Referring now to the drawings wherein the showings are for purposes of illustrating the preferred embodiments and method of assembling the invention only and not for purposes of limiting same, the FIGURES show three preferred embodiments of a display A, A', and A". Each of the displays is defined by two major portions, a bin B and a base or stand C. A product or consumer good is adapted for receipt in the bin area of a display.
More particularly, and with reference to FIGS. 1-4, a first preferred embodiment of the display is shown as a scored and cut blank, and after assembly into a display. The display A is formed from a blank or sheet of material 10 that has a generally rectangular configuration. For purposes of coordinating the following discussion, selected terms such as "upper" and "lower" and "vertical" and "horizontal" will be utilized, although it will be understood that the blank can be oriented in a variety of manners without departing from the scope and intent of the subject invention. A first or upper edge 12 is spaced from a second or lower edge 14 by first and second side edges 16, 18.
The blank is typically a corrugated material such as cardboard, paper, or the like that has a predetermined score and cut pattern that permits maximized use of the material. Specifically, a first series of longitudinal or vertical score lines (illustrated by dashed lines) is defined by first score line 24, second score line 26, and third score line 28. These score lines divide the blank into respective first, second, third, and fourth portions 30, 32, 34, 36. As illustrated, the first and third portions 30, 34 are of substantially the same width while the second and fourth portions 32, 36 are likewise of substantially the same width, even though slightly wider than the first and third portions. Obviously, this arrangement, and as will become apparent below, provides a generally symmetrical display structure in which the sides are of substantially the same width, and the front and back of the assembled display also have substantially the same lateral dimension.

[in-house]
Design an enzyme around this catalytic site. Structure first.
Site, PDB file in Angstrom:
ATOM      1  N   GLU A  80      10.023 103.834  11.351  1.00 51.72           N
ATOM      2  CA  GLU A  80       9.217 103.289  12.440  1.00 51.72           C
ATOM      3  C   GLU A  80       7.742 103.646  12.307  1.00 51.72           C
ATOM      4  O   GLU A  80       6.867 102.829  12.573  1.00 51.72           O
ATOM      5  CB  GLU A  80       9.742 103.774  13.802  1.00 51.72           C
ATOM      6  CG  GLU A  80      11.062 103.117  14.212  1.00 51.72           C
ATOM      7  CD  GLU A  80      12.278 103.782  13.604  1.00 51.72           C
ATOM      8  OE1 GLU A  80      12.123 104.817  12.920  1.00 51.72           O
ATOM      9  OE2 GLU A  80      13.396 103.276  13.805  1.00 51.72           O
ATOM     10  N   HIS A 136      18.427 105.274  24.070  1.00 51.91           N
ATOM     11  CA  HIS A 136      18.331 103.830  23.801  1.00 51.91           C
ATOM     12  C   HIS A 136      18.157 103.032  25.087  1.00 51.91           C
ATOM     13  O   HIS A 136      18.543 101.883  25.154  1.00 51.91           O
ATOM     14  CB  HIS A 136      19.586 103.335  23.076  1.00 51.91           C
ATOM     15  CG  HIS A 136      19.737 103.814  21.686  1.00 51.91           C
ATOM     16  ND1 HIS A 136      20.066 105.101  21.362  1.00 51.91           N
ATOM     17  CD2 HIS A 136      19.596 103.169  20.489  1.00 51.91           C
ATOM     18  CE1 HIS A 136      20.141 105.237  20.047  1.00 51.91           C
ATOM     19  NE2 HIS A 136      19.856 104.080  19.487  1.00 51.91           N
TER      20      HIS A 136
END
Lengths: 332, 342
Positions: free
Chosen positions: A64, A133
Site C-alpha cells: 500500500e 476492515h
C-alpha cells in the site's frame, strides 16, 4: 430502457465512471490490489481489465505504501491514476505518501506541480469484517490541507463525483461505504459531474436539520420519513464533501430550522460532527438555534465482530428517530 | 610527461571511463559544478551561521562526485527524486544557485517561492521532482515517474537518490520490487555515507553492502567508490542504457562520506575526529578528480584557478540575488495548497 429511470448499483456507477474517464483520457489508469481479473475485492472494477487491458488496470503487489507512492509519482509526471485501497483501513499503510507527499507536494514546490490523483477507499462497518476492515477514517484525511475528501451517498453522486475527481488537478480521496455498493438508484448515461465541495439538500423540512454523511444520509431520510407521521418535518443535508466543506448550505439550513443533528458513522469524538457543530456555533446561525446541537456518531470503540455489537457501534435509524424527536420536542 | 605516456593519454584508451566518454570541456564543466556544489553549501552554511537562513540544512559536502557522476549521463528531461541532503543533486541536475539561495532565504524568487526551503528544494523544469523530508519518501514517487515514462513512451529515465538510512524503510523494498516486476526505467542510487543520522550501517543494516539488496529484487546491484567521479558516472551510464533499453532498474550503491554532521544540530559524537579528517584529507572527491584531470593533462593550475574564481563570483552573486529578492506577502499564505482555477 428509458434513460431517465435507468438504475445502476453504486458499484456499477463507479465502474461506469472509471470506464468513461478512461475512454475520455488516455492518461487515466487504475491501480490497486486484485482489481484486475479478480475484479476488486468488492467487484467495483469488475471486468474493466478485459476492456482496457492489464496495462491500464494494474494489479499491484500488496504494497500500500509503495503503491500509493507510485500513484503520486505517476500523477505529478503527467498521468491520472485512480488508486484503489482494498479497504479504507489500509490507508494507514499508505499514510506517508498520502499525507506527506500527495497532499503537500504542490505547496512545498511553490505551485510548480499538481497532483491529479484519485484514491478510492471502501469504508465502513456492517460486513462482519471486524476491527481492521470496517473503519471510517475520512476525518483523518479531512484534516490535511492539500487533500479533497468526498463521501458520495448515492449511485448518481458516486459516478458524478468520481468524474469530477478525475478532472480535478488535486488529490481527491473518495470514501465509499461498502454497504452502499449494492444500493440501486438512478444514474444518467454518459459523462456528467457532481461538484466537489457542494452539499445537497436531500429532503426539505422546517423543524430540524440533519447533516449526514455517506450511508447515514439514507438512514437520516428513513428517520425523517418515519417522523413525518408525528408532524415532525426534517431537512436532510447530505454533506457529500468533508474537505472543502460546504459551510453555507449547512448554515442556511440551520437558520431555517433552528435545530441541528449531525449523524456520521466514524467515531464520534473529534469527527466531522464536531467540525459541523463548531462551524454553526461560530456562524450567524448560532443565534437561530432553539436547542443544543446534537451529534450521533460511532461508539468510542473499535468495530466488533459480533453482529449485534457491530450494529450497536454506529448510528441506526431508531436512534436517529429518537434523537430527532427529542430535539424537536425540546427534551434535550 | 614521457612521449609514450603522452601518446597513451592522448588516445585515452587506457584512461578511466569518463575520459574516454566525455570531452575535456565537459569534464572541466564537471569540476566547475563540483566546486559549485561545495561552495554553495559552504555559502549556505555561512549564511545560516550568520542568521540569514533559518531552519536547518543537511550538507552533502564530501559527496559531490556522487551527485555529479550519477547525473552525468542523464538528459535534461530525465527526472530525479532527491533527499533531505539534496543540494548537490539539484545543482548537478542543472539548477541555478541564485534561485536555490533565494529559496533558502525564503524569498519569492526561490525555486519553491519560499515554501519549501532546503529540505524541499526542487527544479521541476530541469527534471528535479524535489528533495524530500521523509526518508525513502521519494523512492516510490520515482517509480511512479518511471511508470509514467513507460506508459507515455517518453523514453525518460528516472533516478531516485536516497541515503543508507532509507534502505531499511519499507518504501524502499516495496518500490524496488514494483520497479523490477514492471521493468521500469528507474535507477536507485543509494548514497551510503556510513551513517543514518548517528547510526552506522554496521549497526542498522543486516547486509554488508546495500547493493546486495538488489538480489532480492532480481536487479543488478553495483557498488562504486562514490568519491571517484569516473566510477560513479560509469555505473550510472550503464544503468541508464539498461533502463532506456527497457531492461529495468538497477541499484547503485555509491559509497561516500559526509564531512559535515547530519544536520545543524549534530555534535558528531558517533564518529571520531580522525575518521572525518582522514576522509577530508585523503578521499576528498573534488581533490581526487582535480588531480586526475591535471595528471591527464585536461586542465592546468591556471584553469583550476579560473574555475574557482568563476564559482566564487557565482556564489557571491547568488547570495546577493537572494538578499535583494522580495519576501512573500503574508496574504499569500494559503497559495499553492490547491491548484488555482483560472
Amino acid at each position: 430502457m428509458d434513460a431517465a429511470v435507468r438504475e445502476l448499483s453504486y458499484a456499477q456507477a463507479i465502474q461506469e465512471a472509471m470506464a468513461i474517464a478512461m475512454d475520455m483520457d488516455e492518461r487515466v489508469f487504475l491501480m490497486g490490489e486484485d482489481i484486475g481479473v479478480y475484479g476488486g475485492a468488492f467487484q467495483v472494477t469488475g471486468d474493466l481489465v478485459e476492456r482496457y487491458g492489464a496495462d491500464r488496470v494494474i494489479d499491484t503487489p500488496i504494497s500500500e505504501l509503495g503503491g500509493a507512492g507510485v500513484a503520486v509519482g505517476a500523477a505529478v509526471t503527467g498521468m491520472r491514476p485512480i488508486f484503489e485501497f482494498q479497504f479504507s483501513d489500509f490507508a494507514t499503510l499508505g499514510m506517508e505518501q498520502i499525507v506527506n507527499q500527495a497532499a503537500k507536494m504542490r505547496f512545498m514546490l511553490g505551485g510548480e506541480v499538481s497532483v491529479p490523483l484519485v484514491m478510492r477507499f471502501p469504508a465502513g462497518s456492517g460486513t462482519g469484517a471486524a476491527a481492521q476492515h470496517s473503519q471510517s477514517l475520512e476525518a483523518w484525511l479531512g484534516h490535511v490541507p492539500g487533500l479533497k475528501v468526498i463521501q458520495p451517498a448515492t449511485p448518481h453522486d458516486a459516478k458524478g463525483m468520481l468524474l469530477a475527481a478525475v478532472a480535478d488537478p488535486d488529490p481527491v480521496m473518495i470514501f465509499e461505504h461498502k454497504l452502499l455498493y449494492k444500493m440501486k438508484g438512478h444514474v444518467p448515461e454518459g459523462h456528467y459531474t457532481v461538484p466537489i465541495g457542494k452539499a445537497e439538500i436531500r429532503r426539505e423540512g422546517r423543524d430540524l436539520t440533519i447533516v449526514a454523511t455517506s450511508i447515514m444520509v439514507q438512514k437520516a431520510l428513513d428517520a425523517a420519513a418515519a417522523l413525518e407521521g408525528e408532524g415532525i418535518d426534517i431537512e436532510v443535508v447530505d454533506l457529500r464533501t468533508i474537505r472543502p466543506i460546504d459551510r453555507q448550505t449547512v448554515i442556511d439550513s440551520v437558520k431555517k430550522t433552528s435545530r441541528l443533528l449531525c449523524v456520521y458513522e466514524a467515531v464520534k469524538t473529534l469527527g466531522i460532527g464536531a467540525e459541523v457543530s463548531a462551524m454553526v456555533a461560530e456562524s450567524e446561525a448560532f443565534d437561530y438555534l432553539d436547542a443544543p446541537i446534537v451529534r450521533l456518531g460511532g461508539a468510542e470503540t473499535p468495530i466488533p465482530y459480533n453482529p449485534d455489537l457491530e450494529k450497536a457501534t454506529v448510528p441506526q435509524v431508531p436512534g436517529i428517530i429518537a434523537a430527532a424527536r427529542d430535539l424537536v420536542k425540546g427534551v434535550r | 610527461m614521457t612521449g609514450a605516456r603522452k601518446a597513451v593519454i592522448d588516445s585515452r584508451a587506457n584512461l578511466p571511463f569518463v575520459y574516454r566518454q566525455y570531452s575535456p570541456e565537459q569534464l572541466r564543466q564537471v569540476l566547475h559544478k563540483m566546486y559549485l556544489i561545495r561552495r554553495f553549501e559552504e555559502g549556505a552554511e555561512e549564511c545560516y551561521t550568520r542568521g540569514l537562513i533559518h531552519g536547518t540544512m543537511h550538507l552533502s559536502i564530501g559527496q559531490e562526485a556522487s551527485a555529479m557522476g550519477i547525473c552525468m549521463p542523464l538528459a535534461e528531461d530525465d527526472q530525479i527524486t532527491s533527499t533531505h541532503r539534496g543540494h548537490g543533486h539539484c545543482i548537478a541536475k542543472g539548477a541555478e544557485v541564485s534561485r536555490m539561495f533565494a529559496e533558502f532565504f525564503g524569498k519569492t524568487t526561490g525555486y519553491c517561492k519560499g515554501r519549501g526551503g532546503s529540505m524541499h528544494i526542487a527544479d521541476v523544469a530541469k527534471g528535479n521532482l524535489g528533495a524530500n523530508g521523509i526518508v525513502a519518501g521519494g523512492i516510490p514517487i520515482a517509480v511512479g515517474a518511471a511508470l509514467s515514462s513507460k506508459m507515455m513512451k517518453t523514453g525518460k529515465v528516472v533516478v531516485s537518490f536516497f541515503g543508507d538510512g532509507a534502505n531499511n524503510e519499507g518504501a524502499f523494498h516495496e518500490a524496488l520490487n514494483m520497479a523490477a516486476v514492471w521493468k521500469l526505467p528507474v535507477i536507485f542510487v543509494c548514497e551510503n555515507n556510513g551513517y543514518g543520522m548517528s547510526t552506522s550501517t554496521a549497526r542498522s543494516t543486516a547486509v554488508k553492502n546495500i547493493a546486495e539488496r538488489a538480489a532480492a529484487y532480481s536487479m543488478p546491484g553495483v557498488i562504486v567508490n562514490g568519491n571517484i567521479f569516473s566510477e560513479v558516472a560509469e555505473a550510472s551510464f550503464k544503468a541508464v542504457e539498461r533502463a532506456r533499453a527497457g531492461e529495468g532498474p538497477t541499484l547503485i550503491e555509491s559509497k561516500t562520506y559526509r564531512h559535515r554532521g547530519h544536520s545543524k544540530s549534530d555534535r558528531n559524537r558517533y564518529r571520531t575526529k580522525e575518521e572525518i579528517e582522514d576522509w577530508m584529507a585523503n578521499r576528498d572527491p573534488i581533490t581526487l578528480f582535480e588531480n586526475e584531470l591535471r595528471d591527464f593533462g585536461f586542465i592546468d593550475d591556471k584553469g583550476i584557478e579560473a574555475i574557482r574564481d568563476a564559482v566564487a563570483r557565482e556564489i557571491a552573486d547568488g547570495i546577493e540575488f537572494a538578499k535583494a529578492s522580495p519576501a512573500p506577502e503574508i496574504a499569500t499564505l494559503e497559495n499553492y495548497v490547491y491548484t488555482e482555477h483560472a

Additional vertical score lines 40, 42 generally bisect the first and third portions 30, 34, respectively. These vertical score lines are optional and provide inward flexing of portions 30, 34 defining the sidewalls in the final assembled structure to facilitate collapsing and shipping of the display. Yet another vertical score line 44 is defined adjacent the first side edge 16 to define a longitudinal tab 46. The tab is secured by suitable means such as an adhesive or the like to fourth portion 36 adjacent the side edge 18.
A first or upper horizontal score line 50 (or pair of score lines) defines a series of tabs 52, 54, 56, 58 that eventually define the perimeter of the bin B of the assembled display. In a similar manner, a second or lower horizontal score line 60 defines tabs 62, 64, 66, 68 that are folded inwardly along the score line 60 to facilitate support of the base C of the display.